hsh.juz09.cfd                     </td>
                                    </tr>
                </tbody></table>

The final function on the screen employs aes-128-cbc encryption. The output is a 435-element array, consisting of 1 byte, followed by a 16-byte IV, then 2 bytes, and finally the encrypted data (Tactic T1573). 

 
Encrypted JSON object 

We also discovered a key: becfe83392d83ef8c743ea00711a25c8, which aligned with all live tasks identified by our team. 

Post-execution, the malware continuously attempts to locate an address for data transmission. When traffic successfully reaches the server, data exchange occurs, involving the C2 server sending JS code. More on this in Part 2 of our analysis. 

How to Identify Lu0Bot

SIGMA RULE: 

status: experimental 

detection: 

    parent_process: 

        ParentImage|endswith: '\cmd.exe' 

        CommandLine|re: '\/d \/c [A-z0-9]+\.bat \d+$' 

    child_process:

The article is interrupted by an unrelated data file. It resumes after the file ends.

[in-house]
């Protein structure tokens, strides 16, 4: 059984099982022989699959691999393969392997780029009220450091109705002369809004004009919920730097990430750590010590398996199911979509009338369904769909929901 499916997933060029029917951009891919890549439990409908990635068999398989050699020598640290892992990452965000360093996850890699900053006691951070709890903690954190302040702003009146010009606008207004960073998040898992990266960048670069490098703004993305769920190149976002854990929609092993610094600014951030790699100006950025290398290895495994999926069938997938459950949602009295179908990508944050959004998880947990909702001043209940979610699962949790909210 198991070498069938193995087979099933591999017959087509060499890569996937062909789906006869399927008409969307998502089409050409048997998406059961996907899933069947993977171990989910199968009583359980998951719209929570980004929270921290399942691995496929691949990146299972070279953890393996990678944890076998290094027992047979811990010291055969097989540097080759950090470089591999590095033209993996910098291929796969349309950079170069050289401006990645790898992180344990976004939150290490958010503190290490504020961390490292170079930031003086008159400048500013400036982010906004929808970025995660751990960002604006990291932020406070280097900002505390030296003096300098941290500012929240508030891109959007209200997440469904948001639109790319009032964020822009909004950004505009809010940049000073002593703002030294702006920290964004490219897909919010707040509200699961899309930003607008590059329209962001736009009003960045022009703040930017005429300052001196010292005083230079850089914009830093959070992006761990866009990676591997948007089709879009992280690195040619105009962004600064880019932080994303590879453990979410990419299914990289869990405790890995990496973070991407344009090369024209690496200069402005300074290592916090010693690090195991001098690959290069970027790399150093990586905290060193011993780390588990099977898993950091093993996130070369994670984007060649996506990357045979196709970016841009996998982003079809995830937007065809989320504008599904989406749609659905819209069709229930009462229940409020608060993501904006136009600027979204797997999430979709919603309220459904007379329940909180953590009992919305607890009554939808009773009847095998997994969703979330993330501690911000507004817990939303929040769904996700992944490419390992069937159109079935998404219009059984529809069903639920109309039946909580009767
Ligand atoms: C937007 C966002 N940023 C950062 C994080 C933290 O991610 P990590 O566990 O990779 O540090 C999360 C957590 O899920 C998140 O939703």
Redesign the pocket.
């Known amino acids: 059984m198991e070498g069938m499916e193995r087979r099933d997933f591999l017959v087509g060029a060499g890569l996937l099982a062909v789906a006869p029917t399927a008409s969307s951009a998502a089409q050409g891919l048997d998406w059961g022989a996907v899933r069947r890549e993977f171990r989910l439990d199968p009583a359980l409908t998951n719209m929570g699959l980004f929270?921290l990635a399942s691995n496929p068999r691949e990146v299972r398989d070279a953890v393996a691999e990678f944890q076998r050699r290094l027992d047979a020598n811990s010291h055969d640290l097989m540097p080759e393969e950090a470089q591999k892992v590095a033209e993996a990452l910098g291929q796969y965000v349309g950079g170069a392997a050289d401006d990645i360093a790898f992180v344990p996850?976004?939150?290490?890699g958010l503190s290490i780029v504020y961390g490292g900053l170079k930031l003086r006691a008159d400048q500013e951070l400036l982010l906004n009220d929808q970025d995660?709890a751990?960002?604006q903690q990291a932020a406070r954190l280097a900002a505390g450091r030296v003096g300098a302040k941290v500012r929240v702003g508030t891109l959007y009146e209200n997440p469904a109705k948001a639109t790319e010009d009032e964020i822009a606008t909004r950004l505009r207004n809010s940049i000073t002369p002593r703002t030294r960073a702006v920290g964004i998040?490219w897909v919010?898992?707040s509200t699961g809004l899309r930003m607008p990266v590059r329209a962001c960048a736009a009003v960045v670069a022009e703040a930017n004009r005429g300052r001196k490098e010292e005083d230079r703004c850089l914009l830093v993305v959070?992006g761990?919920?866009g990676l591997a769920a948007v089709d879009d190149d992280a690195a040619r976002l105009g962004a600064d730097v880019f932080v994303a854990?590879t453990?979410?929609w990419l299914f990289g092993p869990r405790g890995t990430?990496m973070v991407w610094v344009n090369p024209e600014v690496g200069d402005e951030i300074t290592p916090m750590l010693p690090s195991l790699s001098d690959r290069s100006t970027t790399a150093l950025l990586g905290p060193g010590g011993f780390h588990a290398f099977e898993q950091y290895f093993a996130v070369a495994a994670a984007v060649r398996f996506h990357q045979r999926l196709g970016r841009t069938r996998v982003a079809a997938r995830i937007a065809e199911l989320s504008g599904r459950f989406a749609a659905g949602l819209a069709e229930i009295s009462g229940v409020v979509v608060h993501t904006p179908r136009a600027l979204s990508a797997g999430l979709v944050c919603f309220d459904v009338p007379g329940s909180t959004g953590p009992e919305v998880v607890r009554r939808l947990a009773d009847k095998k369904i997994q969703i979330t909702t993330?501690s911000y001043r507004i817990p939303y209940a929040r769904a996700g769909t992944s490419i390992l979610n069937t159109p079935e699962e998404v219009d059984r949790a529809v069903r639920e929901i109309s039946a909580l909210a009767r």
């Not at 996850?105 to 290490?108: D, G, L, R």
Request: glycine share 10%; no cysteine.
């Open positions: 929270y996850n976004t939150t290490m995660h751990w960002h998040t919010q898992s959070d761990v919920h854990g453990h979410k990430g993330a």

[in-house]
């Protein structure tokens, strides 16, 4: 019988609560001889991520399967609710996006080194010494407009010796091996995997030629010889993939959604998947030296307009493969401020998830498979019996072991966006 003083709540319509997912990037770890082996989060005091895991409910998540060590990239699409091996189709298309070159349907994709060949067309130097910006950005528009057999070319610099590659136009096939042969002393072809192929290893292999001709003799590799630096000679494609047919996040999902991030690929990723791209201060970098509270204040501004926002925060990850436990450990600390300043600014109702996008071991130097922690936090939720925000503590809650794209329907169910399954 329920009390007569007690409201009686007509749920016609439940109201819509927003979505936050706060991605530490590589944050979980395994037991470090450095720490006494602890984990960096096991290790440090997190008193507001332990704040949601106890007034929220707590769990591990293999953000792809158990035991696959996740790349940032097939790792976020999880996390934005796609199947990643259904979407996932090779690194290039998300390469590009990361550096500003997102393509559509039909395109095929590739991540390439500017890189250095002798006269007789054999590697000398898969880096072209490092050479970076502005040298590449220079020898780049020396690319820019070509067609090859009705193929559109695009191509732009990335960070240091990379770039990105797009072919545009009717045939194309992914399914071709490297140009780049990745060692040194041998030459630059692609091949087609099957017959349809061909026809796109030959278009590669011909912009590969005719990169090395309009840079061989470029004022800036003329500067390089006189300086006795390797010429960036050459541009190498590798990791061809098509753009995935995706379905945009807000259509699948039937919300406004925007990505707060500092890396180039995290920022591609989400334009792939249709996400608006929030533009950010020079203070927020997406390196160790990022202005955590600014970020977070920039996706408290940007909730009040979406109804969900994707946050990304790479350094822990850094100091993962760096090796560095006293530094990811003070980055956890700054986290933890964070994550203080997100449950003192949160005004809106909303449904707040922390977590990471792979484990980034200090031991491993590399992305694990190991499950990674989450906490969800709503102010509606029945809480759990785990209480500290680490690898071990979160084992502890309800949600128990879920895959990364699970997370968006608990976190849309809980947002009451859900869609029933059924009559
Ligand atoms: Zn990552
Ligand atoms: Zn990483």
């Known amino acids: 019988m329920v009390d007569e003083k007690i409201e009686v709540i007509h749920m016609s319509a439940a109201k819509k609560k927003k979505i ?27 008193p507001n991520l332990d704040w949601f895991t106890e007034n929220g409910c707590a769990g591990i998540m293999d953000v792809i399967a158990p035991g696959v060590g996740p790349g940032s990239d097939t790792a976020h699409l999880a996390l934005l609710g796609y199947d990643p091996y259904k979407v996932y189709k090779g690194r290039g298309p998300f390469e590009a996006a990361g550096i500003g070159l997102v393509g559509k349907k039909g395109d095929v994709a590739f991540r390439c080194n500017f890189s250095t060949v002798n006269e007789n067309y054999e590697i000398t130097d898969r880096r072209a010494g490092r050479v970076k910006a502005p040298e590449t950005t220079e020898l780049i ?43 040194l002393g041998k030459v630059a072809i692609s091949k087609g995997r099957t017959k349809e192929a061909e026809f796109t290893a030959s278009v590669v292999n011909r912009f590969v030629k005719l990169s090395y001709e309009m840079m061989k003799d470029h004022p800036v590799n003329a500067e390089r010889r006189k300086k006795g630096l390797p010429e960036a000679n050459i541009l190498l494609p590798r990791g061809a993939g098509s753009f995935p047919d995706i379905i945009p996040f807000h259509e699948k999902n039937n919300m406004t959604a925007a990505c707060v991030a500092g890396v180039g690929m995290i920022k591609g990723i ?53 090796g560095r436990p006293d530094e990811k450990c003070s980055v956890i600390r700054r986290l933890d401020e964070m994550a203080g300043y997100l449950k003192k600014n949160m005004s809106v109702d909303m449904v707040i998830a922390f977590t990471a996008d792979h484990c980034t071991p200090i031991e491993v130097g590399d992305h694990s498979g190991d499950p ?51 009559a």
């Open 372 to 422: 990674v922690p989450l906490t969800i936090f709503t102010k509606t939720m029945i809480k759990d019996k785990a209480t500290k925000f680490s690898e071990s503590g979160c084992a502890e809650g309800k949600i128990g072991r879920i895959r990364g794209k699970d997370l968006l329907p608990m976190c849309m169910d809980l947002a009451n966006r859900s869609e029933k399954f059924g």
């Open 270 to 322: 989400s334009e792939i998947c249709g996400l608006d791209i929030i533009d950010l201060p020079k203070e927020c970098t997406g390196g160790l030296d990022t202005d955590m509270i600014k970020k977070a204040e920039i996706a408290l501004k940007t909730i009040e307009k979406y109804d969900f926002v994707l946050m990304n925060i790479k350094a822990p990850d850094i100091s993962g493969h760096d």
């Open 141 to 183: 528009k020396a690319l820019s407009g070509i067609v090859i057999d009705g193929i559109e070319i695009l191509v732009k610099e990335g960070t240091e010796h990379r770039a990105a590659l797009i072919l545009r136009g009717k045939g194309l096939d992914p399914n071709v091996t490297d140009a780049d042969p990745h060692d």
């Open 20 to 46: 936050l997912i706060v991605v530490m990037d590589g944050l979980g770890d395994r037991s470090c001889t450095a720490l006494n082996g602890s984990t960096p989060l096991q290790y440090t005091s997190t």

OriginalFileName: 'node.exe' 

        CommandLine|re: '\.dat \d+$' 

    condition: parent_process and child_process

YARA RULE: 

strings: 

        $start_code = /var \_0x[a-f0-9]{4,6}/ 

        $altBase64 = "'abcdefghijklmnopqrstuvwxyzABCDEFGHIJKLMNOPQRSTUVWXYZ0123456789+/='" ascii 

        $domain = "var acc=" ascii 

        $end_code = "}ini();" ascii 

        $func = “gifn” ascii 

  

    condition: 

       all of them and #start_code >= 50 

Writing Suricata rules for Lu0Bot

For effective Suricata network rules, content is key. DNS queries are a big part of all network protocol requests. Lu0bot, as mentioned earlier, doesn’t offer much stable content in its DNS queries—mostly random bytes or hashes. But there’s a small part of the domain name that includes a Unix-format timestamp. We’ll use that for network detection.